Type to search

Aquaculture

SALMON EXPORTS ACHIEVE RECORD VALUE OF £618million

Salmon exports achieve record value of £618million

Salmon exports achieve record value of £618million

Scottish salmon exports grew in 17 of top 20 markets during 2019

Top markets for Scottish Salmon remain France, USA and China

Scottish salmon exports hit a record high in 2019, according to new figures published yesterday.

Official statistics released by the UK Government HMRC show the highest ever value of Scottish salmon exports. With a value of £618 million, sales of salmon overseas increased by 22 per cent in 2019 over the year before. The tonnage exported also increased by 26 per cent to over 94,000 tonnes.

France, USA, and China were the top three markets of a total of 54 countries which imported Scottish salmon.  For the third year running, France emerged as the largest market for Scottish salmon with sales worth £221 million, followed by USA (£179 million), and China (£59 million).

The EU accounted for 56 per cent of the volume of global Scottish salmon exports and 52 per cent of the value.

Outside the EU, the USA remained Scottish salmon’s largest market. Worth £179 million in 2019, USA’s growth in value and volume of 28 per cent year on year resulted in exports of 25,000 tonnes.

In total, 17 of the top 20 export markets showed positive growth in 2019.

While there was a decline in exports to China of 11% in volume, this was offset by growth elsewhere in Asia to the likes of Taiwan and Japan resulting in almost £97 million worth of Scottish salmon exported to the region.

Julie Hesketh-Laird, Scottish Salmon Producers Organisation (SSPO) chief executive, said:

“These figures demonstrate just what an extraordinary success Scottish salmon is.

“Such record-breaking performance is hugely encouraging and reflects the excellent reputation which Scottish salmon has in international markets. Scottish salmon’s good environmental story with its small carbon footprint and low water use plus global recognition of its taste, quality and provenance is clearly understood in almost every corner of the globe.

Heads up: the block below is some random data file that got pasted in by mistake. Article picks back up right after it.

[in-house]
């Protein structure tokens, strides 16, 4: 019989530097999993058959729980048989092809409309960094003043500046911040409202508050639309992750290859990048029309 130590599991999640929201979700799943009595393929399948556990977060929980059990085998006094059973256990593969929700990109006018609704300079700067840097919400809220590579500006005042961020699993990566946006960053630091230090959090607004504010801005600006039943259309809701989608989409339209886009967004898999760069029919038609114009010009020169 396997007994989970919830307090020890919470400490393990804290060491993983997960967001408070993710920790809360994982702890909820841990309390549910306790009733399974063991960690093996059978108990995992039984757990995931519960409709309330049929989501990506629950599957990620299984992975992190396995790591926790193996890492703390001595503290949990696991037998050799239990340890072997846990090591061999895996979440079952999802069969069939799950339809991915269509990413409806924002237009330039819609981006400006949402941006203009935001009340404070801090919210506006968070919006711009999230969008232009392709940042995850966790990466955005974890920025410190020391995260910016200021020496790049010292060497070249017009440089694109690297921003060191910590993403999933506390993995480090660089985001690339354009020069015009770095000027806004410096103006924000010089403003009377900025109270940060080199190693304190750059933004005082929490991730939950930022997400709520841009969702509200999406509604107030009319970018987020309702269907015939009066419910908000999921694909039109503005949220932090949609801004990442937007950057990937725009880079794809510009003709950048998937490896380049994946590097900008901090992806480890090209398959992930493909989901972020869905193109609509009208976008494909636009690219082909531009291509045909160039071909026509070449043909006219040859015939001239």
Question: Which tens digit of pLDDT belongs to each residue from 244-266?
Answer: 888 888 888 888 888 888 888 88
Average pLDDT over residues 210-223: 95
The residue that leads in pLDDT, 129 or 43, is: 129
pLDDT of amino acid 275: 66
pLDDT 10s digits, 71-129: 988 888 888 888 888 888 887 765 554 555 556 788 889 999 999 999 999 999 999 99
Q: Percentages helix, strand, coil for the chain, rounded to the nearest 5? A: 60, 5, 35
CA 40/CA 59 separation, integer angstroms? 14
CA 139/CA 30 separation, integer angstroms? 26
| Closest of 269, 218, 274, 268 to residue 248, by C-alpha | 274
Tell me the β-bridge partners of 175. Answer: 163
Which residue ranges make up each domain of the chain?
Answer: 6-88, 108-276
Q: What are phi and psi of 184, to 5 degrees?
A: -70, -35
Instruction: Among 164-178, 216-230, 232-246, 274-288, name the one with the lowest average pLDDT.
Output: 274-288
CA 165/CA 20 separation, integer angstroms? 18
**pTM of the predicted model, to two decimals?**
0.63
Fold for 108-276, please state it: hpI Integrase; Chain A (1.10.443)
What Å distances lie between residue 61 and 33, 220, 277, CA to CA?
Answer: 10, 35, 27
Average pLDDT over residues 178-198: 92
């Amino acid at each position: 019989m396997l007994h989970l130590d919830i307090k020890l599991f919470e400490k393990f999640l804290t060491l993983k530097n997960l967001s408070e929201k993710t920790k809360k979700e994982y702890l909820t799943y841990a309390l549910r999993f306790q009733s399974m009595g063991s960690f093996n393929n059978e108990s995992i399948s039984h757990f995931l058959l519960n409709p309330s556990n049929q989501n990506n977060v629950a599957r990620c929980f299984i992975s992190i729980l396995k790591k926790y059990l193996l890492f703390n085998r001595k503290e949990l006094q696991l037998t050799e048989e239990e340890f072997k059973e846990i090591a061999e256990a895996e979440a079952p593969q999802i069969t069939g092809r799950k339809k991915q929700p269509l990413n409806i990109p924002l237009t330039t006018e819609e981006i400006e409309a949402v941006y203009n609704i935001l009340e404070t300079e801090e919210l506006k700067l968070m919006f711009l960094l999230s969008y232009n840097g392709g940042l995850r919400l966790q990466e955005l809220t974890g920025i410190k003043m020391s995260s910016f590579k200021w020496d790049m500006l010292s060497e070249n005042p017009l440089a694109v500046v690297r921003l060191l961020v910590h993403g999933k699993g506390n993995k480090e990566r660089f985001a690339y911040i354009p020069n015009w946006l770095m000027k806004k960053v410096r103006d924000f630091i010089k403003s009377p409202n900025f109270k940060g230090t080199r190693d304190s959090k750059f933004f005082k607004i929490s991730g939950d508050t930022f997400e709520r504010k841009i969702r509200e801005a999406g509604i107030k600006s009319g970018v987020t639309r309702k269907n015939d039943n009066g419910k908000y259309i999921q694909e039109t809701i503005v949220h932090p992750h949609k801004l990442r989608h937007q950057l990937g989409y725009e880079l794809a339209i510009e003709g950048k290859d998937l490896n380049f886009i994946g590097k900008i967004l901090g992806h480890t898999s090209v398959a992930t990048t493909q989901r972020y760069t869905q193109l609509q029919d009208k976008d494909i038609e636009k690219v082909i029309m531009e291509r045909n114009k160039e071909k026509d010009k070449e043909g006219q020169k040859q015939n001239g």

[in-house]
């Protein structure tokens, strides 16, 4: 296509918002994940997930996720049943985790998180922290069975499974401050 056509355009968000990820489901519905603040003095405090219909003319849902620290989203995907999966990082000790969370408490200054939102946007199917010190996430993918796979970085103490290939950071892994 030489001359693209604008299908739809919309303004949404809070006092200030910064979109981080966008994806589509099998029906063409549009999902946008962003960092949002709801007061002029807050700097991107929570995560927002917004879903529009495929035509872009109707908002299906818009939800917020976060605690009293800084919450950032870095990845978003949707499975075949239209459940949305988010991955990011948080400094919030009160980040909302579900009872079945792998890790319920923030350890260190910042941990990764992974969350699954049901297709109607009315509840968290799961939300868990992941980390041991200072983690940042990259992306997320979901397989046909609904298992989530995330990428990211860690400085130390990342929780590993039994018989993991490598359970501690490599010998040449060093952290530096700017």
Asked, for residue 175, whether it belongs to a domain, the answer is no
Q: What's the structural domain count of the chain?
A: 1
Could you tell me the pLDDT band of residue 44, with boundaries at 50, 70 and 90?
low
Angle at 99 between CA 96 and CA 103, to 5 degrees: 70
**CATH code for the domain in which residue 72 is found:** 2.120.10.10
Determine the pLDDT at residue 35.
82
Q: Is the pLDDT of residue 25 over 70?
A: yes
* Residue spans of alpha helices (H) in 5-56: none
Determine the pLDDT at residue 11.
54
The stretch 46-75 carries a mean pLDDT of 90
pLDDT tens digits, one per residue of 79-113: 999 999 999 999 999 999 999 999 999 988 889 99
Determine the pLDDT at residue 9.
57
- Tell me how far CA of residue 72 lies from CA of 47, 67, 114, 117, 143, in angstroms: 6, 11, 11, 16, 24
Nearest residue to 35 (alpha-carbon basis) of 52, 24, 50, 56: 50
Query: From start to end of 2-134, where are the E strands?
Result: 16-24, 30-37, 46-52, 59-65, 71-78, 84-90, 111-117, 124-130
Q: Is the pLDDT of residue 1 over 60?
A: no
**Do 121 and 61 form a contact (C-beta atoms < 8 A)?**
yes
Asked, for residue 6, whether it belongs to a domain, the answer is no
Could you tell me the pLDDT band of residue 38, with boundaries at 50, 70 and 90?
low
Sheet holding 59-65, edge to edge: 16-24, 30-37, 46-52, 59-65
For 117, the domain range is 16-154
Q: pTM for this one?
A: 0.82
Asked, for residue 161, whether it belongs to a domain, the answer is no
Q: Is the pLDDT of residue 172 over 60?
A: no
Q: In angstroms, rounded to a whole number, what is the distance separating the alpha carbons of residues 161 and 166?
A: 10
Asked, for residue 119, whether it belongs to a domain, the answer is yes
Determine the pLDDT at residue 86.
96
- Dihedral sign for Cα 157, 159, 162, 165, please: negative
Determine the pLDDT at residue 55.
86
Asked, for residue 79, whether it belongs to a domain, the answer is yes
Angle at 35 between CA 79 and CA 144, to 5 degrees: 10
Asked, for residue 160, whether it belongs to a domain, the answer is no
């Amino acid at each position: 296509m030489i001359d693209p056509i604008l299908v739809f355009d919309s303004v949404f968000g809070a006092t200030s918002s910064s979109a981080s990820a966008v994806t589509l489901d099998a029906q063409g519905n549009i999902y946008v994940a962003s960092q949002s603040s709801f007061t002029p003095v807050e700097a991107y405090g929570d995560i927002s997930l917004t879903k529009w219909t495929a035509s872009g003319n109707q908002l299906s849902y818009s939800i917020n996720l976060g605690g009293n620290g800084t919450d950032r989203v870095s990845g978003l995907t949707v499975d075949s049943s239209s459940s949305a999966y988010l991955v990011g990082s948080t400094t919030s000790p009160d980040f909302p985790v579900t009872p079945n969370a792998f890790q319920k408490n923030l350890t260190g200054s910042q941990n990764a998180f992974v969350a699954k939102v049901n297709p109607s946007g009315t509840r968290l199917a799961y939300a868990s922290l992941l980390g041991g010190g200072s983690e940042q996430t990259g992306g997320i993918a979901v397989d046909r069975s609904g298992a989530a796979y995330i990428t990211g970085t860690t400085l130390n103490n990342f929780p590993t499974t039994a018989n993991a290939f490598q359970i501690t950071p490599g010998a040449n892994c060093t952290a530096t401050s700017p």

“Salmon’s continued export success sustains more than 2,300 jobs in Scotland, mostly in sparsely populated rural areas.

“This success has led to substantial sums being re-invested into local communities, providing much-needed employment and economic support.”

Ms Hesketh-Laird added:

“These latest export successes represent a trail-blazer for other Scottish food overseas and provide a further reminder of the importance of salmon, both to the Scottish economy and to the food and drink sector.”

Fergus Ewing, Scotland’s Rural Economy Secretary, welcomed the export figures. He said: “These record-breaking figures demonstrate that demand for Scottish salmon is soaring and highlights the world-class reputation our producers enjoy.

“The need to explore and take advantage of international markets could not be clearer given the current uncertainty around our future trading relationship with Europe. This is an important time for the Scottish farmed salmon sector which contributes significantly to the rural economy, supporting families and livelihoods in some of our most fragile communities.

“I’m confident that the Scottish Government and industry will continue to work together to unlock further sustainable growth of this vital sector.”

Commenting on news that Scottish Salmon exports were worth a record-breaking £618 million in 2019, Colin Blair, Managing Director of Cooke Aquaculture Scotland said:

“The latest figures show that the king of fish is also king of the food exports, retaining its top spot as the UK’s favourite food export and growing in value by 22% year-on-year.

“As well as the huge economic contribution, the Scottish salmon sector is of vital importance to island communities and sustains thousands of well-paid, highly-skilled jobs.

“Today’s record-breaking export stats show the sector is performing well, but with most exports bound for the EU the Scottish and UK governments need to work to ensure a barrier-free route to the continent, and unlock new markets in other parts of the world.”